from dreams, or dream I wake?
    Beneath a sheet, I shake
    and clutch my heart,
    though part of me—aloof, opaque—
    remains apart.

    For such uncertainty
    I've found no remedy
    in psychotherapy
    or sedatives.
    I rummage through debris
    where nothing lives.

    A friend I've never met,
    unknown to me as yet,
    has kindled no regret
    or happiness,
    no tender sobriquet
    to curse or bless.

    As coldly radiant
    as stars, and light-years distant,
    this expectation can't
    embrace a life,
    but shines on, ignorant
    of lust and strife.

    My song of nothing done,
    I ride from Avignon
    and leave my words to one
    who turns a key
    to find the deadbolt drawn
    and stable empty.


    what will she
    now a she

    trailing clouds
    yet hearing our

    muffled voices
    all the while

    from this dark
    world and wide

    what will she
    mew or bray

    as any envoy
    might derive

    an embryon
    from animal

    or amnion
    from tender lamb

    though tethered to
    a human form

    an embryon
    in amnion

    or bloom of jellies
    at the whim

    of storm and tide
    the ocean's roar

    above, around,
    and then inside


    A vacant hour
    before the sun—
    and with it a valve's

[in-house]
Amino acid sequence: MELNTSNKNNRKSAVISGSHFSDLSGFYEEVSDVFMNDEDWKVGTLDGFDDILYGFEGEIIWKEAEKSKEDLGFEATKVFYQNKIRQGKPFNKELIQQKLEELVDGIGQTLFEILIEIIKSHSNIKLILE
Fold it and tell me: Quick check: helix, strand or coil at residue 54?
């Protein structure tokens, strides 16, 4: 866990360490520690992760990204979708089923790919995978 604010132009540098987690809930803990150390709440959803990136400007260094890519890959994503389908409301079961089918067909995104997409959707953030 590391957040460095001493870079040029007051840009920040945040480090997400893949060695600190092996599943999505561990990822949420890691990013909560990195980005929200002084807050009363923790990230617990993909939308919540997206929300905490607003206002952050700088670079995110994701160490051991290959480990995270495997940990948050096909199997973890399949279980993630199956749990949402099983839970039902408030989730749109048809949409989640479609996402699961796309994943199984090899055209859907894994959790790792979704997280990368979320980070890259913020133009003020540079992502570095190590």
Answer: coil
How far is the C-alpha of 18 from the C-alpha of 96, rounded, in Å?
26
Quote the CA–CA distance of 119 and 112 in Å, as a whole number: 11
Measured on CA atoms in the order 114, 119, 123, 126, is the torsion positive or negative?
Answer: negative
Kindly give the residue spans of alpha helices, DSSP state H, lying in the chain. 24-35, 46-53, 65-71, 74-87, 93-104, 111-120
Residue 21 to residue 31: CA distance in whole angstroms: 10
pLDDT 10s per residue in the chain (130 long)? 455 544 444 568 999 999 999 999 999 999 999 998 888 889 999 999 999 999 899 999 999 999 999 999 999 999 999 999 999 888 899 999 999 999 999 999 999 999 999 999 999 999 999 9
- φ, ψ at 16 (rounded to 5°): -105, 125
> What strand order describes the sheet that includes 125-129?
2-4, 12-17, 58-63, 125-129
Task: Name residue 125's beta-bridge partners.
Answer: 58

pneumatic hush,
    the deep and nautical
    clunk of wood,
    chanson du ricochet
    of rivet gun,
    trowel tap,
    and bolt drawn—

    the moon sets
    and water breaks.

    Curled within
    a warm pleroma,
    playing for time,
    you finally turn
    and push your face
    toward November's
    glint of frost,
    grains of salt,
    weak clarities
    of dawn.


    Graphing pain,
    the toco monitor
    scrolls a white
    bounding line
    on a blue field:
    not heraldry but
    a lightning flash
    the rugged range
    of your estate,
    from deep crevasse
    to trackless slopes
    of Traversette.
    Dryly tapping,
    a clerical ghost
    prints a pan-
    oramic strip.
    In a sudden charge,
    the air contracts
    a vast expanse
    (remote and thin)
    to this bare room
    where surgeons cut
    a Gordian knot
    and everyone
    says wonderful
    when they forget.


    From the foot of Cotopaxi
    and across the Gulf

    a Blackburnian warbler
    follows a pulse,

    follows Polaris
    and the Pole's magnetic field

    through travail
    and travel's long ordeal,

    until he drops
    to a black walnut's
    pinnate leaves

    tossing like waves
    in the North Sea

    and glances toward
    my lamplit, stationary world
    of smooth planes:

    against a cloud,
    his throat's flame.


    The hours spent on transpacific flights
    pass like a sandstorm through the Mongol steppes,
    lodging a single grain—an irritant
    to memory—within the furrowed cortex.
    Nacred by revolving doubt, it grows
    a pearl as black as the ocean depths
    and lustrous as the moon
    through sublimated ice.

    This pearl outlives its host—and can be bought
    in Shanghai, from an unassuming shop